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Sharon Brackett, gender rights advocate, engineer and Baltimore City Democratic State Central Committee member, dies

Sharon Brackett founded the PTR Group, a defense contractor, and served as its president and CEO.
Sharon Brackett founded the PTR Group, a defense contractor, and served as its president and CEO.

Sharon Brackett, a gender rights advocate and member of the Baltimore City Democratic State Central Committee who was also an engineer, died in her Locust Point home Monday. She was 59.

Her son, Steven Brackett, said she had “chronic illnesses that manifested themselves in cardiac arrest.”

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She was born in Batavia, New York. Her parents were Philip “Joe” Brackett and Doris Brackett. Family members said she gender-transitioned many years ago and was an ardent and energetic proponent of gender rights.

“She was a positive, active and intelligent person,” her partner, Sara Law, said. “When she set her mind on something, she got the job done. She went above and beyond the ordinary. She did more. She formed a group called Gender Rights Maryland and did the pushing for three years. She also got some gender rights bills passed in some of the counties.”

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Ms. Brackett and other advocates were initially defeated in the 2010 state legislature in their goal to bar discrimination against transgender people.

She and her group changed directions and sought gender protection from the counties. In 2011 she pushed Howard County to take up a bill that added gender identity and expression to its anti-discrimination laws.

“The state hasn’t done the job,” she said in a 2011 Baltimore Sun article. “If there was a statewide law there wouldn’t be a need in Howard.”

“You probably know a transgender person but you don’t even know it,” she said in 2011.

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Ms. Brackett also assisted Chrissy Lee Polis, a 24-year-old woman who in 2011 was beaten in a Rosedale McDonald’s restaurant. The incident was caught on a cell phone camera and made national headlines.

“That could have been me,” Ms. Brackett said in a story that detailed how she lent Ms. Polis money, paid a cell phone bill, advised Ms. Polis to lie low as she pursued legal action, and urged her to get a GED diploma.

Ms. Brackett’s friends recalled her personality.

“She had a dry wit. She was sardonic and loyal. She loved sci-fi movies and was highly social,” said a friend, Kevin Gillogly. “With her friends she had a weekly breakfast meeting, maybe at Jimmy’s at Fells Point. We rotated around the city.”

She earned an engineering degree at Syracuse University.

After living in Connecticut and Manhattan, she settled in Maryland in 1989. She founded the PTR Group, a defense contractor. She worked with the group from 2000 to 2011 as president and CEO.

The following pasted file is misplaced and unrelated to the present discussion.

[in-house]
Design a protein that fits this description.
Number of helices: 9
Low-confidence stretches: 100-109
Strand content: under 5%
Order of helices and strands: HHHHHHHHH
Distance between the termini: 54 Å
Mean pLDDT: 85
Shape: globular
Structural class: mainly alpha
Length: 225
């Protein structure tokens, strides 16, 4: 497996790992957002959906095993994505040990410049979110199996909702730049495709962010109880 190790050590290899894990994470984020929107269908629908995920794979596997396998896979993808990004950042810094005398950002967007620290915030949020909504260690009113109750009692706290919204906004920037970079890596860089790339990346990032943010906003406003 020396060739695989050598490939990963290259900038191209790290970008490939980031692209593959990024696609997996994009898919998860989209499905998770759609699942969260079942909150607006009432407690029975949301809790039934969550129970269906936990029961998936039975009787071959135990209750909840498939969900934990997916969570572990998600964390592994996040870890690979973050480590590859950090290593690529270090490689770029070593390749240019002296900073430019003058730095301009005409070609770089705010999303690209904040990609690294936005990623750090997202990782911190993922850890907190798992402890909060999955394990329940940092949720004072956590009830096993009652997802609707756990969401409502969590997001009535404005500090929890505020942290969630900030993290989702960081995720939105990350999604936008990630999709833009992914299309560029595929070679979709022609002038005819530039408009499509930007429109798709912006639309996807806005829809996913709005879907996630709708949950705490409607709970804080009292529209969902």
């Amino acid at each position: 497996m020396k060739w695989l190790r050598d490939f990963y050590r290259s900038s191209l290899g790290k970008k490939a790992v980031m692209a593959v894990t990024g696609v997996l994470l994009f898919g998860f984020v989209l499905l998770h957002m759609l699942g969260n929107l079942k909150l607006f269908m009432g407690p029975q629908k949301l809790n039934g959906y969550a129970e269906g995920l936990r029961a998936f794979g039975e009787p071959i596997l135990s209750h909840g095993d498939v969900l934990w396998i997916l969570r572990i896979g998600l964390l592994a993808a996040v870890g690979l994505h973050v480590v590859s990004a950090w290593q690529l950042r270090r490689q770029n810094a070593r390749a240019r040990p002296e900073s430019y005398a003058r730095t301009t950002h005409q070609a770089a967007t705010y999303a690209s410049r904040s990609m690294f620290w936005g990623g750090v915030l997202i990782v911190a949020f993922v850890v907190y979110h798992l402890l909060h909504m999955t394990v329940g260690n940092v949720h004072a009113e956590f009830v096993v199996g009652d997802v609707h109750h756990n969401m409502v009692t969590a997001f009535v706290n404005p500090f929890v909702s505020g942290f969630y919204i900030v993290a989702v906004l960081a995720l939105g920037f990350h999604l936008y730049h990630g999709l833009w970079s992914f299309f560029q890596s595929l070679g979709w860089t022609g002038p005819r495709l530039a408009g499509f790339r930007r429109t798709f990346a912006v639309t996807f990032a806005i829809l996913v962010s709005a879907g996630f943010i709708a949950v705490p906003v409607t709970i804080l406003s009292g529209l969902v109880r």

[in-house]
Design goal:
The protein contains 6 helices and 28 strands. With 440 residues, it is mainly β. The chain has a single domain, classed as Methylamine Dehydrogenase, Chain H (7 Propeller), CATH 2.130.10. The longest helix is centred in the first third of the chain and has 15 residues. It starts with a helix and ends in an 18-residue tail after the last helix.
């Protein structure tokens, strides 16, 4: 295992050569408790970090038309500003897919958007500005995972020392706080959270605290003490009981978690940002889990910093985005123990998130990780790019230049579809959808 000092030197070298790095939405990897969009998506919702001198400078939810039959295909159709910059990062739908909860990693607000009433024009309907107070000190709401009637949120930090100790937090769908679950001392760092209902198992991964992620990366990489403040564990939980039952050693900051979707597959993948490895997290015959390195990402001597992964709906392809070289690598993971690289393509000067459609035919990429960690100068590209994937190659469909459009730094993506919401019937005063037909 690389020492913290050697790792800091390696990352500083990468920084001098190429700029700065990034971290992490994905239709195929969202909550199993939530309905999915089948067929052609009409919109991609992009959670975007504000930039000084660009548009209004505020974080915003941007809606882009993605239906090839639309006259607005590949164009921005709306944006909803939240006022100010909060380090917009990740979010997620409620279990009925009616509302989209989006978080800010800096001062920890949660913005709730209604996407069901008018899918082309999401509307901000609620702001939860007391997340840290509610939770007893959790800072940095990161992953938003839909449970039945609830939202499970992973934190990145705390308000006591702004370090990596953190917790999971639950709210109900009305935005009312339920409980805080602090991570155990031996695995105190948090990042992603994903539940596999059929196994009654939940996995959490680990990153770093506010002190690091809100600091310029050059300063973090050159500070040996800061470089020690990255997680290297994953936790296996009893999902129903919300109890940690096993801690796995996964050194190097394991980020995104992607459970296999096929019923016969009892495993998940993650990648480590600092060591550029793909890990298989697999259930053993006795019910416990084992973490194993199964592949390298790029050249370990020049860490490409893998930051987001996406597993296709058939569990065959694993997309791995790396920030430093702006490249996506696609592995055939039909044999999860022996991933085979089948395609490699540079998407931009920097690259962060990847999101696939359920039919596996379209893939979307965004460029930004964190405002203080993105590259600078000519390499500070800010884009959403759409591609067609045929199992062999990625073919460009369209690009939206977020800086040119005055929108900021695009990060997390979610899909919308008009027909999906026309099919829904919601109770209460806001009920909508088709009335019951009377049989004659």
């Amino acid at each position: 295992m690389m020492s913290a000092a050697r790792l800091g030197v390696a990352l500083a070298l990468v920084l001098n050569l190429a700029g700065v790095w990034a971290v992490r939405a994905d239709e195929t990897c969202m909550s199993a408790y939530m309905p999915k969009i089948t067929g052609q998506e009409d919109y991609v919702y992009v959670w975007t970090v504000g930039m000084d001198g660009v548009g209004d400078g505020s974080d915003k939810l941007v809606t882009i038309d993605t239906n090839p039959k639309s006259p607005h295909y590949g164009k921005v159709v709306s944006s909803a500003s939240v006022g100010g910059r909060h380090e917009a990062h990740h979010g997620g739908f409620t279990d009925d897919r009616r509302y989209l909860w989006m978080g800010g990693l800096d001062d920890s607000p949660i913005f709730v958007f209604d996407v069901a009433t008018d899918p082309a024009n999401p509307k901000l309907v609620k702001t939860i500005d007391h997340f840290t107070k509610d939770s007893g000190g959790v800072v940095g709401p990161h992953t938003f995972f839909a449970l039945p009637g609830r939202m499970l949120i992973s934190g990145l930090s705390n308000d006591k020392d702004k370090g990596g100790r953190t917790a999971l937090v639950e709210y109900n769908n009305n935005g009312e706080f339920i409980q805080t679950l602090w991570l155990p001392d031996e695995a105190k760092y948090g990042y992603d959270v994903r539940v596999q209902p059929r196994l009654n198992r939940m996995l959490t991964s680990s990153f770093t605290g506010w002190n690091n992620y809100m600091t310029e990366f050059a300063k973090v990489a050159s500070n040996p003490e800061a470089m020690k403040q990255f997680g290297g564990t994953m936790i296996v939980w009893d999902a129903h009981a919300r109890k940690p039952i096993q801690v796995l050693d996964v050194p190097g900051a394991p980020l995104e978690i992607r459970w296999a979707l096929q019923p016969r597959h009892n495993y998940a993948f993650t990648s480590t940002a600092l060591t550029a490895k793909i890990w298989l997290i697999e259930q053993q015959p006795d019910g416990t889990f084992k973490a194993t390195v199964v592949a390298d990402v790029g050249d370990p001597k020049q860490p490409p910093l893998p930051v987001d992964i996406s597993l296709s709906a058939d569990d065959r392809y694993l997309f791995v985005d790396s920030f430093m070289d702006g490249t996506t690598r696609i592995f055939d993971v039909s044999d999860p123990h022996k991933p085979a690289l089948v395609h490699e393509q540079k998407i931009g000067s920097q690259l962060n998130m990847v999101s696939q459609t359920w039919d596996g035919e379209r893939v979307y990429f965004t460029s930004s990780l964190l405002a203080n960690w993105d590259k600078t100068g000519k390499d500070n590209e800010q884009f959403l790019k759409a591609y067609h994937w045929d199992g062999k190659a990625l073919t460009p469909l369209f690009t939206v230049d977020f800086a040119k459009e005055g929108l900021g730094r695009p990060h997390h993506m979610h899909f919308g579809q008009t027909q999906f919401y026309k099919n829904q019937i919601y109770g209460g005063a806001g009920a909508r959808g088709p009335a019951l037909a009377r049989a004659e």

“She was an embedded systems engineer. She worked in computer components that work within devices from motor vehicles to satellites,” Ms. Law said.

“She worked on projects that were both classified and nonclassified. She worked on a large Naval telescope in Flagstaff, Arizona, and optical devices in hospitals,” Ms. Law said. “Most recently she was working on a portable ventilator system. She was skilled in the art of three-dimensional printing.”

In 2015 the Howard County Economic Development Authority announced her appointment as CEO/president of Tiresias Technologies, as engineer-in-residence at the 3D Maryland Innovation + Prototyping Lab, in Columbia.

“This state-wide leadership initiative was launched in 2013 to increase engagement between 3D printing and additive manufacturing, regional businesses, industry and entrepreneurs,” said a 2015 county statement published in The Sun.

“Brackett’s more than 25 years of experience in developing complex technology systems ranges from medical imaging and scientific instrumentation to electronic systems and product development,” the article said.

In 2018 she ran successfully for the Baltimore City State Democratic Central Committee.

“We were having breakfast one morning and everyone there pushed her to run for the office,” said Dr. Dana Beyer, a friend who lives in Chevy Chase. “It was a last-minute idea and I looked at her and said, ‘You can do this.’

“She was a fully rounded individual who transitioned later in life. Her life was flourishing. She maintained her love of engineering and teaching. Transition just made her better at what she was. Personally, she had struggles at the time of her transition. She got pushed out as an executive at one point. Because of the state of the laws, she had no recourse. She gave of her time freely to help everybody and in spite of the personal loss of her company job because of a loss of legal protections.”

She was a mentor for high school students in a group called the Baltimore Bolts.

She was also a master in the Boy Scouts of America. Friends described her as a “diehard Orioles fan” who purchased season tickets. She played in marching and jazz bands.

In addition to her son, who lives in Glen Burnie, and her partner, Law, who works in financial services, she is survived by a daughter, Jess Brackett of Laurel, and a brother, Jeffrey Brackett of Rochester, New York.

Plans for a service are incomplete.

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